Between parent-teacher conferences and a tumultuous presidential election, last week certainly had enough excitement for for many city public schools. But at P.S. 24 Spuyten Duyvil, there was another cause of excitement: A return to the West 236th Street campus.
P.S. 24 closed its doors after a pair of students tested positive for the virus that causes COVID-19. Initially closed for 24 hours, the city’s health department quickly told principal Steven Schwartz the shutdown would need to be longer. Thus, the school closed for two weeks, with all classes shifting online.
In a world still reckoning with the coronavirus pandemic — and with cases slowly rising throughout the city — school closures aren’t unheard of, whether for a day or for two weeks. And while a closure at P.S. 24 might have been inevitable as the pandemic continues, Schwartz didn’t anticipate it being a reality so soon.
“We always have to be prepared for the unknown,” the principal said. “Unfortunately, my team and I were expecting something like this eventually, although we weren’t anticipating it happening at that moment.”
Still, Schwartz mobilized quickly.
"Unfortunately, we’re used to this,” he said. “I think last spring prepared us for being able to very quickly ... transfer from a brick-and-mortar building to a virtual school. Although it’s something we really would not want to do again, it is something, unfortunately, we have some experience with."
In the days before and after that shutdown, communication with P.S. 24 parents was key. Once Schwartz received news about the two positive cases, the principal’s first order of business was to check in with the families affected. Thankfully, both students were asymptomatic. And armed with that information, Schwartz moved forward — with at least some good news at the front of his mind.
Schwartz then connected with rest of his teachers and support staff virtually to make sure everything was ready to ensure lessons were not interrupted even as all classes went remote. Healso maintained near-daily communication with parents, giving them updates about when students would return back to the physical campus.
The school was prepared for the possibility of returning fully to remote but that didn’t mean it was without challenges. Gemma James, mom to a P.S. 24 first grader, noted her child struggled away from campus — something she attributed to age.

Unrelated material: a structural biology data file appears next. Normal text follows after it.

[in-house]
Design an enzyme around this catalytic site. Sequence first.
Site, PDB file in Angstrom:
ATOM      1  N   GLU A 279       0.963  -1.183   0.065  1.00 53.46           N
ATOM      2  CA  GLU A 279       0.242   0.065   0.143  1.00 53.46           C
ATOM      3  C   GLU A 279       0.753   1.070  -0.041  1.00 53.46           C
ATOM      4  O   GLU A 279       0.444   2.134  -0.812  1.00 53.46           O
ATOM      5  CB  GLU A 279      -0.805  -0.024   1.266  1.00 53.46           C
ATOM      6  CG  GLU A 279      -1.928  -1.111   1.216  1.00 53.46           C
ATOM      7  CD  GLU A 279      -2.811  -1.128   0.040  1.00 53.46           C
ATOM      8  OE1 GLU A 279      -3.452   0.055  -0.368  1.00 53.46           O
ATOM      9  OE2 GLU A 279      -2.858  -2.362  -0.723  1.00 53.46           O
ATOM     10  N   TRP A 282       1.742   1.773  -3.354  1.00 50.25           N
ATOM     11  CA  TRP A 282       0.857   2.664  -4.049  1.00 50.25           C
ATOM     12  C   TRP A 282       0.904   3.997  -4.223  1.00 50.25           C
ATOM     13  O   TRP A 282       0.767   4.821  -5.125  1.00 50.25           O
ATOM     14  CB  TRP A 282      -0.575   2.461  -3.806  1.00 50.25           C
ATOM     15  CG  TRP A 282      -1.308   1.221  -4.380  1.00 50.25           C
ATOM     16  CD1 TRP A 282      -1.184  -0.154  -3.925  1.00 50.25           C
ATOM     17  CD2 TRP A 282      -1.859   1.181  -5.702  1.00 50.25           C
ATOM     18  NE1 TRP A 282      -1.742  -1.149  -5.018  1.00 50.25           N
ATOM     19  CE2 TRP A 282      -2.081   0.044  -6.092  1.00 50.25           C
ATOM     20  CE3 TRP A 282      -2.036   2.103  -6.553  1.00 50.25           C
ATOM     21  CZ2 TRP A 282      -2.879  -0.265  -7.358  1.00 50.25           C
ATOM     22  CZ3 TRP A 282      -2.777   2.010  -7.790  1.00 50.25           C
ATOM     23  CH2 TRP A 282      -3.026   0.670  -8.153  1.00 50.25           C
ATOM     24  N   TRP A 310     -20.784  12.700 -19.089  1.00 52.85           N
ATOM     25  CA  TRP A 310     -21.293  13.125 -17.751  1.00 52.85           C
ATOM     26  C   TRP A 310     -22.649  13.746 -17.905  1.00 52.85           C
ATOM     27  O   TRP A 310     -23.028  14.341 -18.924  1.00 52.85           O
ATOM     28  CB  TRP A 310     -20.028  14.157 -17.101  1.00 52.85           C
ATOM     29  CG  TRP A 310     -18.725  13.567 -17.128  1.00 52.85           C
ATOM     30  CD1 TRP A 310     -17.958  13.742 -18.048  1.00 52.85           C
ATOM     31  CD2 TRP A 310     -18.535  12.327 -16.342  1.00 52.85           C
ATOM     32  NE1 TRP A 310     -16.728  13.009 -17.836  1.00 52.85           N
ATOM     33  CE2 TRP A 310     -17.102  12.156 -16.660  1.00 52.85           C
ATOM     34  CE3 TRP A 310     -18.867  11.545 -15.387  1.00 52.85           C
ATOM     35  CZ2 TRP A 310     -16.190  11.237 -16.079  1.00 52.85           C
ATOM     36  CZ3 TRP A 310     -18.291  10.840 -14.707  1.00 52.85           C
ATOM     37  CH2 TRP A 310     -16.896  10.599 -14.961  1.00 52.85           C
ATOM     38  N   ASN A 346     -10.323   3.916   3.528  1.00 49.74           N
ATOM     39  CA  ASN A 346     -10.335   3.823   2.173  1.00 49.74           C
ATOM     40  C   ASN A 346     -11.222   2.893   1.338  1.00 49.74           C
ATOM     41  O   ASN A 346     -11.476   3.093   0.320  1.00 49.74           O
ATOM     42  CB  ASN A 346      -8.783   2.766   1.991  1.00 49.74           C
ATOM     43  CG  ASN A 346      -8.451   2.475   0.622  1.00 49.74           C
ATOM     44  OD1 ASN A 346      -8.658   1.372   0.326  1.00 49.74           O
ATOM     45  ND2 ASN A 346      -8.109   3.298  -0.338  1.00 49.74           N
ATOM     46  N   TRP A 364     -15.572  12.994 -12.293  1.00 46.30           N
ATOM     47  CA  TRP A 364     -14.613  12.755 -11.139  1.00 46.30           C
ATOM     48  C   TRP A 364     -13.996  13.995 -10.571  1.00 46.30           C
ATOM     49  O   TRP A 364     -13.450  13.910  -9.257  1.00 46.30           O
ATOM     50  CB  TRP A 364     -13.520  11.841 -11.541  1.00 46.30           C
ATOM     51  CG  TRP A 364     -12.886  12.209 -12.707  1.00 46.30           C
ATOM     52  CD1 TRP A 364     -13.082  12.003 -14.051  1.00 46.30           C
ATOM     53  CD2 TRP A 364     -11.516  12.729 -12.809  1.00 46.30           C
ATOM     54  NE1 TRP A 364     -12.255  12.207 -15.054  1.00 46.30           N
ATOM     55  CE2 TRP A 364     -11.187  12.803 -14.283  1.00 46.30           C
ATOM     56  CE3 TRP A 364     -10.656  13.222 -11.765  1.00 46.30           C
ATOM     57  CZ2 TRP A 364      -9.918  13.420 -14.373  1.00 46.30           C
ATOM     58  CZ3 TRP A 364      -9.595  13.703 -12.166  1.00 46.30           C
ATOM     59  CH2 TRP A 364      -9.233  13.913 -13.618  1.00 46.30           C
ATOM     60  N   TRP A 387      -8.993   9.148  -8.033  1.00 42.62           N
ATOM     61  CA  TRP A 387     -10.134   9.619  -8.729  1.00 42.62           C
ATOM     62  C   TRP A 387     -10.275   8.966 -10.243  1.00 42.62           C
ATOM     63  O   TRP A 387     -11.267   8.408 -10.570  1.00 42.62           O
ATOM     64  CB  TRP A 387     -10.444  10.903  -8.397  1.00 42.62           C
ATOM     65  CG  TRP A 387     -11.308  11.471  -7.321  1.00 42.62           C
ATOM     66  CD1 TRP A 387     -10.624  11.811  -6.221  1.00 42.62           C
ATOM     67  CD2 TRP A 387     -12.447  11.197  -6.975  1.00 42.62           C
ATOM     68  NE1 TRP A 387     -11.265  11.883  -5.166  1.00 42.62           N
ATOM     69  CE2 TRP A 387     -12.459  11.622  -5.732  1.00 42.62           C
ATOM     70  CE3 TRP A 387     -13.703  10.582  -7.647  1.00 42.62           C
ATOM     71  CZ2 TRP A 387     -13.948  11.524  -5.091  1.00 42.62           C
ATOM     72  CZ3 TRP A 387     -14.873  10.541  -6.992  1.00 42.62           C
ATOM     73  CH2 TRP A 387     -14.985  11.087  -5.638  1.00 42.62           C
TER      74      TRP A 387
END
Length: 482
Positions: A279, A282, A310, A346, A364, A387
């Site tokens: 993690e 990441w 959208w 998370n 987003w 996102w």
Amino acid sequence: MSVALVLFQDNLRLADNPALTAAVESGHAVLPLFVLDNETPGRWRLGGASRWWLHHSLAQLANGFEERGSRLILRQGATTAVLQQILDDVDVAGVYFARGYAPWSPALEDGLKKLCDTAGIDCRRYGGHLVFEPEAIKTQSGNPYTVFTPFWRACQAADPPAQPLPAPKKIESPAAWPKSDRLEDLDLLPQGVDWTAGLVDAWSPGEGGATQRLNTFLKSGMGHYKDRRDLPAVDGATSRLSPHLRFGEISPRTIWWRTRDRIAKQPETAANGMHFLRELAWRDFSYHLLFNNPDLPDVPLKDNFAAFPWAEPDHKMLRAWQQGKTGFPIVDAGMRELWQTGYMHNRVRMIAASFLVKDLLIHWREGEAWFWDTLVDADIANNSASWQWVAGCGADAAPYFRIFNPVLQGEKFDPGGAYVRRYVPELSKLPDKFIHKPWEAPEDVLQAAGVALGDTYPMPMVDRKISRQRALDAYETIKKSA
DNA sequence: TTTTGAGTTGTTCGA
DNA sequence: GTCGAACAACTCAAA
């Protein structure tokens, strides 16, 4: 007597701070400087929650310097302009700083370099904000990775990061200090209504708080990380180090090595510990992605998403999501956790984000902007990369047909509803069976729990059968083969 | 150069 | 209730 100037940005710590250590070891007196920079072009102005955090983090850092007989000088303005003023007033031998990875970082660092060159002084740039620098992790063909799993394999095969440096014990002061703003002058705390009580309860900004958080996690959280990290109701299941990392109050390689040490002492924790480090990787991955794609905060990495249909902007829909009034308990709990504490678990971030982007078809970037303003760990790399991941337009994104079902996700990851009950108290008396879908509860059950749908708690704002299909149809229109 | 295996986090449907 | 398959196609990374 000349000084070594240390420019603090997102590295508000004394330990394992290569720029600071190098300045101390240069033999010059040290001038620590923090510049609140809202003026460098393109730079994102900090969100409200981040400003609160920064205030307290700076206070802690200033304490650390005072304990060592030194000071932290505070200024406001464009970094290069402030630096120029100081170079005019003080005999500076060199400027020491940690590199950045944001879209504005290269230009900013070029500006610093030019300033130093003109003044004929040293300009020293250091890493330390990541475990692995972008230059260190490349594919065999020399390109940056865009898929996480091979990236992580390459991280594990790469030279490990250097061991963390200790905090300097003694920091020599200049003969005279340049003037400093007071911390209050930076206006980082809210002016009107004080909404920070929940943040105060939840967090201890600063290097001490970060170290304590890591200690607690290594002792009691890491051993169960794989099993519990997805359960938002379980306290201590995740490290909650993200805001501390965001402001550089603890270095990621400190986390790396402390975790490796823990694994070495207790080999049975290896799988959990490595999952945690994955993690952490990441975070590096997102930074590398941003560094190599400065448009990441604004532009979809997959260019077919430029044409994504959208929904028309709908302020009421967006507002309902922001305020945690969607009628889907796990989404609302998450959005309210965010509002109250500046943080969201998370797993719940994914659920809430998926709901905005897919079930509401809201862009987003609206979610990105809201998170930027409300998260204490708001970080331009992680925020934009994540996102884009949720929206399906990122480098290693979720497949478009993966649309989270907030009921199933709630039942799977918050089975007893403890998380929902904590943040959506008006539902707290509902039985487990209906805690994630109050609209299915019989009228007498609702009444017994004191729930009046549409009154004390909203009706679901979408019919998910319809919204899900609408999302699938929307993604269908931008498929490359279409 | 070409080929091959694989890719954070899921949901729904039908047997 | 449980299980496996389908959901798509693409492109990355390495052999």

"Having young children learning remote, I find (it) very difficult to keep your child focused and learning,” James said. “It’s very challenging to get them to do anything other than play games on their iPads."
But while children and teachers were moving forward in their classes — albeit online — Schwartz spent much of the remote period on the phone with the city’s health and education departments, as well as the testing and tracing corps that initially reported the positive cases.
When he wasn’t on the phone with city agencies, however, Schwartz would pop in on remote sessions to check on students and teachers. And he was encouraged by the strength he saw from the kids in the face of adversity — something apparent even through his computer screen.
"It really is amazing how, I think, our children are more resilient than the adults sometimes,” Schwartz said. “By all accounts, the kids are happy. The kids are just happy to be, even virtually, with their peers and with their teachers.
Schwartz had to wait for approvalfrom the education department to re-open Nov. 5. The news came by way of letter, something Schwartz said he was excited to share with the rest of the P.S. 24 community the night before, telling them, yes, school would reopen.
And for James and her son, it wasn’t a moment too soon.
"The feeling of dropping him on the school bus was a massive relief,” she said. “He was really excited."
Schwartz saw much of the same thing in the rest of the student body.
“It’s rare that you can see smiles through masks, but that was what was taking place” Thursday, Schwartz said. “I have learned from the past seven, eight months that instruction will always continue. We have an unbelievable staff, and our community is very supportive in making sure learning continues.”